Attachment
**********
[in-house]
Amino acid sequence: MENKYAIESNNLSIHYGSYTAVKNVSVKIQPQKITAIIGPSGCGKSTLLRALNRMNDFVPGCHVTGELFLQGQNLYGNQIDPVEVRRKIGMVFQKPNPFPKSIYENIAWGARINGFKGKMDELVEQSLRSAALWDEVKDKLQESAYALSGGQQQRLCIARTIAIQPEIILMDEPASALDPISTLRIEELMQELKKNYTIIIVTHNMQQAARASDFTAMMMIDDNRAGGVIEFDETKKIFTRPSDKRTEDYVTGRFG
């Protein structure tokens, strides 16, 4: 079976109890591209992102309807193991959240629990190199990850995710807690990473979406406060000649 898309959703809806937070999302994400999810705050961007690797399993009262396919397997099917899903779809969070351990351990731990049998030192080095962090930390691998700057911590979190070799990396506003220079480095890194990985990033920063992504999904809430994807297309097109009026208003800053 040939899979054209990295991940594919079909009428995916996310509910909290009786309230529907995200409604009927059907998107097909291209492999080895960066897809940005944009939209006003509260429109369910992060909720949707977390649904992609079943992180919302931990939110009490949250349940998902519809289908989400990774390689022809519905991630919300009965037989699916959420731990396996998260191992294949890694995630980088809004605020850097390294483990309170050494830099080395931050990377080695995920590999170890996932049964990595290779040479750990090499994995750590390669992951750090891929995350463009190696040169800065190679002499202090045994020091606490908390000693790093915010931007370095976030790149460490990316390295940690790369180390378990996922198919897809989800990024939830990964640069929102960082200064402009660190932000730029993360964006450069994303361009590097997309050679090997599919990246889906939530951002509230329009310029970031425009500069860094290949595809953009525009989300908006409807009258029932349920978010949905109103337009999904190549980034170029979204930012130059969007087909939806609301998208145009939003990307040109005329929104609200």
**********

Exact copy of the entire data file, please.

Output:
[in-house]
Amino acid sequence: MENKYAIESNNLSIHYGSYTAVKNVSVKIQPQKITAIIGPSGCGKSTLLRALNRMNDFVPGCHVTGELFLQGQNLYGNQIDPVEVRRKIGMVFQKPNPFPKSIYENIAWGARINGFKGKMDELVEQSLRSAALWDEVKDKLQESAYALSGGQQQRLCIARTIAIQPEIILMDEPASALDPISTLRIEELMQELKKNYTIIIVTHNMQQAARASDFTAMMMIDDNRAGGVIEFDETKKIFTRPSDKRTEDYVTGRFG
């Protein structure tokens, strides 16, 4: 079976109890591209992102309807193991959240629990190199990850995710807690990473979406406060000649 898309959703809806937070999302994400999810705050961007690797399993009262396919397997099917899903779809969070351990351990731990049998030192080095962090930390691998700057911590979190070799990396506003220079480095890194990985990033920063992504999904809430994807297309097109009026208003800053 040939899979054209990295991940594919079909009428995916996310509910909290009786309230529907995200409604009927059907998107097909291209492999080895960066897809940005944009939209006003509260429109369910992060909720949707977390649904992609079943992180919302931990939110009490949250349940998902519809289908989400990774390689022809519905991630919300009965037989699916959420731990396996998260191992294949890694995630980088809004605020850097390294483990309170050494830099080395931050990377080695995920590999170890996932049964990595290779040479750990090499994995750590390669992951750090891929995350463009190696040169800065190679002499202090045994020091606490908390000693790093915010931007370095976030790149460490990316390295940690790369180390378990996922198919897809989800990024939830990964640069929102960082200064402009660190932000730029993360964006450069994303361009590097997309050679090997599919990246889906939530951002509230329009310029970031425009500069860094290949595809953009525009989300908006409807009258029932349920978010949905109103337009999904190549980034170029979204930012130059969007087909939806609301998208145009939003990307040109005329929104609200």